Received: by alpheratz.cpm.aca.mmu.ac.uk id WAA06209 (8.6.9/5.3[ref firstname.lastname@example.org] for cpm.aca.mmu.ac.uk from email@example.com); Thu, 9 May 2002 22:09:56 +0100 Message-ID: <002801c1f79c$196e4360$5e2ffea9@oemcomputer> From: "Philip Jonkers" <firstname.lastname@example.org> To: <email@example.com> Subject: Fw: Saving the ethnosphere Date: Thu, 9 May 2002 13:57:13 -0700 Organization: Prodigy Internet Content-Type: text/plain; charset="iso-8859-1" Content-Transfer-Encoding: 7bit X-Priority: 3 X-MSMail-Priority: Normal X-Mailer: Microsoft Outlook Express 6.00.2600.0000 X-Mimeole: Produced By Microsoft MimeOLE V6.00.2600.0000 Sender: firstname.lastname@example.org Precedence: bulk Reply-To: email@example.com
----- Original Message -----
From: "Philip Jonkers" <firstname.lastname@example.org>
Sent: Friday, May 03, 2002 10:49 AM
Subject: Re: Saving the ethnosphere
> > > Only if the natives are found to be ill-adapted to their new cultural
> > > environments.
> > > For instance, IIRC many `idians' became addicted to alcohol and
> > > killed
> > > eachother
> > > off more with the new weapons (guns) they were handed from the white
> > > settlers.
> > > In that sense, yes it is quite terrible but other than that it's
> > > mostly
> > > sentiment
> > > (no offense). If the natives on the other hand gained from the new
> > > culture,
> > > I don't
> > > see any real reason why it is terrible.
> > Again, I don't think my explanation was clear enough. I have no
> > problem with cultures changing or disappearing through time. I have a
> > huge problem when there is a *massive* destruction of cultures. Let me
> > use an analogy: if an occasional person in a society dies, some people
> > are affected by it, but the society in general continues on without
> > much effect being visible. If suddenly half of the persons living in
> > that society die out, because of the work of a few other individuals in
> > that society, then we have a problem, right? And the society is quite
> > different afterwards, and probably less robust and capable.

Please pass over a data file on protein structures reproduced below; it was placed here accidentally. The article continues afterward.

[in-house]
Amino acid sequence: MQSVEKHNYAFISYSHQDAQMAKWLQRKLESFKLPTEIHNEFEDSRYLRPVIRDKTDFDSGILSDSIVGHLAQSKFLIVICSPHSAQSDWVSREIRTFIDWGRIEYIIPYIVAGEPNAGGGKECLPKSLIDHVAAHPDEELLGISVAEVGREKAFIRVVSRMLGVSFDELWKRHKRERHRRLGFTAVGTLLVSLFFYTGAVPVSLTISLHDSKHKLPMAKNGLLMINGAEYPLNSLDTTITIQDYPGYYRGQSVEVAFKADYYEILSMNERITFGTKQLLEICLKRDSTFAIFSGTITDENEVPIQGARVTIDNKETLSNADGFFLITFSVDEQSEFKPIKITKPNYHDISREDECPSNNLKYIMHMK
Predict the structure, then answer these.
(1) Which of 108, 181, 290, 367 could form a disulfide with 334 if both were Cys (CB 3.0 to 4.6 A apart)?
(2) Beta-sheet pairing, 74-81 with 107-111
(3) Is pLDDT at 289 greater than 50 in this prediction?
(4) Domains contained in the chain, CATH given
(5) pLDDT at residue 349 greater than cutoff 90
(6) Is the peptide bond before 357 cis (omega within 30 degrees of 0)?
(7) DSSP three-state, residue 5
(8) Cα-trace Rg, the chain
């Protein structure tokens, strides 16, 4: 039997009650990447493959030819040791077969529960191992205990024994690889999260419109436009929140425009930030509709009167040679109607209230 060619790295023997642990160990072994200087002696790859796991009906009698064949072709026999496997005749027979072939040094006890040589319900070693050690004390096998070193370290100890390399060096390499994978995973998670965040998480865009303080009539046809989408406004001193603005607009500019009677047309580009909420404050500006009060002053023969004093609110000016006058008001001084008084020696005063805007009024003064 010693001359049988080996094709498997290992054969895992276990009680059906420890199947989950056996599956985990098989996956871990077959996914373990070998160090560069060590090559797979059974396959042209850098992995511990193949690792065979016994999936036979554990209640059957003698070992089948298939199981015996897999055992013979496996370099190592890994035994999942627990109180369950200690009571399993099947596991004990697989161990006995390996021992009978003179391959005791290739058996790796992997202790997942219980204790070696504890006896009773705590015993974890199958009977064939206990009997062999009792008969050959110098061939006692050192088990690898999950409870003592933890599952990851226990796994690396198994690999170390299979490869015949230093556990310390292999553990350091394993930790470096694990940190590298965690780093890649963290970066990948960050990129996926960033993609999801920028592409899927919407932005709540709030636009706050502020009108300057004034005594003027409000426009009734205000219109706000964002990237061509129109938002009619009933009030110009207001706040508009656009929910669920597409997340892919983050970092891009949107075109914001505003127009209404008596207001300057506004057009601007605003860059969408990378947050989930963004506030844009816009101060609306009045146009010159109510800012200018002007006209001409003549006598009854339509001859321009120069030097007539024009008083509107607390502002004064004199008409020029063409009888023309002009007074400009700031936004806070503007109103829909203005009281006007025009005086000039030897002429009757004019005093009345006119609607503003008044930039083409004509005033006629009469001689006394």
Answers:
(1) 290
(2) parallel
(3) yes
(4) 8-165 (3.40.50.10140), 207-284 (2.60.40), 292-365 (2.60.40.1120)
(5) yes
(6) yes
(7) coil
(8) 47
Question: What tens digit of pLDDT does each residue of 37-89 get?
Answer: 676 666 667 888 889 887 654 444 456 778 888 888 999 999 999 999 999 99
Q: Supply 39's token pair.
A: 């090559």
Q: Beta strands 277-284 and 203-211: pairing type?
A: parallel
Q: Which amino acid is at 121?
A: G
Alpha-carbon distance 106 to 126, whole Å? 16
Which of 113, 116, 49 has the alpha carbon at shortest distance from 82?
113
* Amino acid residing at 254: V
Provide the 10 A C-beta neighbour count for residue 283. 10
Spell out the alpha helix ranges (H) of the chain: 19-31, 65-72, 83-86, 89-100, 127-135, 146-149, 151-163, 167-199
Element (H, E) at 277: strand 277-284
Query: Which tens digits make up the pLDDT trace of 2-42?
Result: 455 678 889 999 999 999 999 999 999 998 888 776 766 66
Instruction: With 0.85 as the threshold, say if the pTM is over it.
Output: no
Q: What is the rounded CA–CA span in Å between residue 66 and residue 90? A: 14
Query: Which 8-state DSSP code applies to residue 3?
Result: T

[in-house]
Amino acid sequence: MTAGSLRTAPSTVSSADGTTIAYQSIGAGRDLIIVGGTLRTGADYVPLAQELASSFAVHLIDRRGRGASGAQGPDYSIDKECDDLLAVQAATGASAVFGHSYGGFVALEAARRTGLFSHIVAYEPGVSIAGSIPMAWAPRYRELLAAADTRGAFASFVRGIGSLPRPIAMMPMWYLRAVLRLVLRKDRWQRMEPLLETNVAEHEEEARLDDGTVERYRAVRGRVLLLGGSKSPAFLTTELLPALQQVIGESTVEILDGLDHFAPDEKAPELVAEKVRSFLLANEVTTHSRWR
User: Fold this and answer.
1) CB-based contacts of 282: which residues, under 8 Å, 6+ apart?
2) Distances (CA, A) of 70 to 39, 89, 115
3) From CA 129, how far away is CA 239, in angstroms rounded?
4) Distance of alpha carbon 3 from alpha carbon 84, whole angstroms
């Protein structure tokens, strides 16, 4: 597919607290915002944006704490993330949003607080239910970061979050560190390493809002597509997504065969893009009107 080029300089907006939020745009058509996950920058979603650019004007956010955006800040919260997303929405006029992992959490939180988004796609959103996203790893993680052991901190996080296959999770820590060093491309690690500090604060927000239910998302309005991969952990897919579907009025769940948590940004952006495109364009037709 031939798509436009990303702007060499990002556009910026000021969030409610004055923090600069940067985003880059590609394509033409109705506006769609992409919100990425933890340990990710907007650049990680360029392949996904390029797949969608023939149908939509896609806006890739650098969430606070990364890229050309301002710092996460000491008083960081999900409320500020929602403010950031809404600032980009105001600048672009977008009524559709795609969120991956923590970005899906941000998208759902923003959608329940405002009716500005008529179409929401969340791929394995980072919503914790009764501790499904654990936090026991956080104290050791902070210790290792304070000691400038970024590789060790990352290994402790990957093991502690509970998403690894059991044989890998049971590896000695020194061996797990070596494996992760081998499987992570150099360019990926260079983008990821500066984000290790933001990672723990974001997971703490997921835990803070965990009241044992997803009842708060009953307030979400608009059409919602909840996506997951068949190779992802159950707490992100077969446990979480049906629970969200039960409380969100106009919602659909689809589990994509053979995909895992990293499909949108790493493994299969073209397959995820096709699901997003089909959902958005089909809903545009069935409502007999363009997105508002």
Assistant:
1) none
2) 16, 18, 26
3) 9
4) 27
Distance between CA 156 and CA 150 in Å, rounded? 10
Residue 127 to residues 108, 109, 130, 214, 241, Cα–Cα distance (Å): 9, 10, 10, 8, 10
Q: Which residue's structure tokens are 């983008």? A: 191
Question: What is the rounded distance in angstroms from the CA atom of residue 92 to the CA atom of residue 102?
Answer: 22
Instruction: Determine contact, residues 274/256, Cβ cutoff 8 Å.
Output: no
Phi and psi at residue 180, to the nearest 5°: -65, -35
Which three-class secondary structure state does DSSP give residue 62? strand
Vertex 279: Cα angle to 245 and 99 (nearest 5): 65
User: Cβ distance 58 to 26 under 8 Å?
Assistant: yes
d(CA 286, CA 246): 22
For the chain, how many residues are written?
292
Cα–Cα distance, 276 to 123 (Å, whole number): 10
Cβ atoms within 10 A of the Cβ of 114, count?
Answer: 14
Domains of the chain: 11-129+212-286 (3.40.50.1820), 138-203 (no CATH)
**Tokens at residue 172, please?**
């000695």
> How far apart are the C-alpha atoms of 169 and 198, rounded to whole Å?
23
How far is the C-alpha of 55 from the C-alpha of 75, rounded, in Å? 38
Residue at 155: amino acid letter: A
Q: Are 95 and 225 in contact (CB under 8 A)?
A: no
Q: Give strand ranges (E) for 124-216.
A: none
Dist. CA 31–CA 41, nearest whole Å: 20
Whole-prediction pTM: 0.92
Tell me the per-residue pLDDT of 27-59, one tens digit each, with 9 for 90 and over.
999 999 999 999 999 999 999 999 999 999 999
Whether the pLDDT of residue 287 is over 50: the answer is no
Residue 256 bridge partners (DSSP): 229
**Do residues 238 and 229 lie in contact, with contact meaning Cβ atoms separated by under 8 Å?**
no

> > This is the problem I see happening right now.
> From an ethical point of view it's indeed hard to accept that a lot of
> perish through the work of a few. From an evolutionary perspective (and
> what this mailing-list is all about) however this need not be per se.
> evolutionary condition that society improves (=better adaptation to
> circumstances) after half of its population is destroyed it may be
> fortuitous. Perhaps half of the
> population was infected by some insane and dangerous thought-system (e.g.
> that was potentially dangerous to society. I know this does not apply to
> you hinted at and it may sound crazy, bordering to eugenic sentiments and
> all that
> but bear with me that human ethics and evolution often clash
> (we keep our sick alive and allow the weak to prosper). Nature, being red
> and claw, doesn't respect human rights only humans (ideally) do. I find it
> difficult to reflect on humanity when wearing evolutionary
> glasses without running into conflict with ethics. I do not mean
> to offend you or anybody (I love humans as much as the next guy).
This was distributed via the memetics list associated with the
Journal of Memetics - Evolutionary Models of Information Transmission
For information about the journal and the list (e.g. unsubscribing)
This archive was generated by hypermail 2b29 : Thu May 09 2002 - 22:21:56 BST